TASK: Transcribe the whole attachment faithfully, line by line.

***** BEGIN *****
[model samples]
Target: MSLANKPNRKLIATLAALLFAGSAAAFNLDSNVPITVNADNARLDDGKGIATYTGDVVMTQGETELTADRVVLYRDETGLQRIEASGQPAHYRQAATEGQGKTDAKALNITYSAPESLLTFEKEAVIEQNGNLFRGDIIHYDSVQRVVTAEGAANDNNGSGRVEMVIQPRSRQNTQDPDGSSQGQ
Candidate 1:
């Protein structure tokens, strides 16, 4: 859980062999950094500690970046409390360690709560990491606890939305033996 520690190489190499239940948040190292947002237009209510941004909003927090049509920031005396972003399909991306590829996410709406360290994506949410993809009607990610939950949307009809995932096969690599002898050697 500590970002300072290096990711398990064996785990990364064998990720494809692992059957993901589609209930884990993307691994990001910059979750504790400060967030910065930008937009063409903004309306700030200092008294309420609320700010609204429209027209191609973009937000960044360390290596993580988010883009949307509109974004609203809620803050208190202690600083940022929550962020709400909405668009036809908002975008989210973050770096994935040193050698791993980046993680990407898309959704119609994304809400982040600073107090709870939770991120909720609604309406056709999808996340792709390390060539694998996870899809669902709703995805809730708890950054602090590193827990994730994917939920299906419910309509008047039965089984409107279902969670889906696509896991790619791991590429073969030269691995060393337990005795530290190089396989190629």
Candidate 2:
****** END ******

[model samples]
Target: MSLANKPNRKLIATLAALLFAGSAAAFNLDSNVPITVNADNARLDDGKGIATYTGDVVMTQGETELTADRVVLYRDETGLQRIEASGQPAHYRQAATEGQGKTDAKALNITYSAPESLLTFEKEAVIEQNGNLFRGDIIHYDSVQRVVTAEGAANDNNGSGRVEMVIQPRSRQNTQDPDGSSQGQ
Candidate 1:
């Protein structure tokens, strides 16, 4: 859980062999950094500690970046409390360690709560990491606890939305033996 520690190489190499239940948040190292947002237009209510941004909003927090049509920031005396972003399909991306590829996410709406360290994506949410993809009607990610939950949307009809995932096969690599002898050697 500590970002300072290096990711398990064996785990990364064998990720494809692992059957993901589609209930884990993307691994990001910059979750504790400060967030910065930008937009063409903004309306700030200092008294309420609320700010609204429209027209191609973009937000960044360390290596993580988010883009949307509109974004609203809620803050208190202690600083940022929550962020709400909405668009036809908002975008989210973050770096994935040193050698791993980046993680990407898309959704119609994304809400982040600073107090709870939770991120909720609604309406056709999808996340792709390390060539694998996870899809669902709703995805809730708890950054602090590193827990994730994917939920299906419910309509008047039965089984409107279902969670889906696509896991790619791991590429073969030269691995060393337990005795530290190089396989190629």
Candidate 2: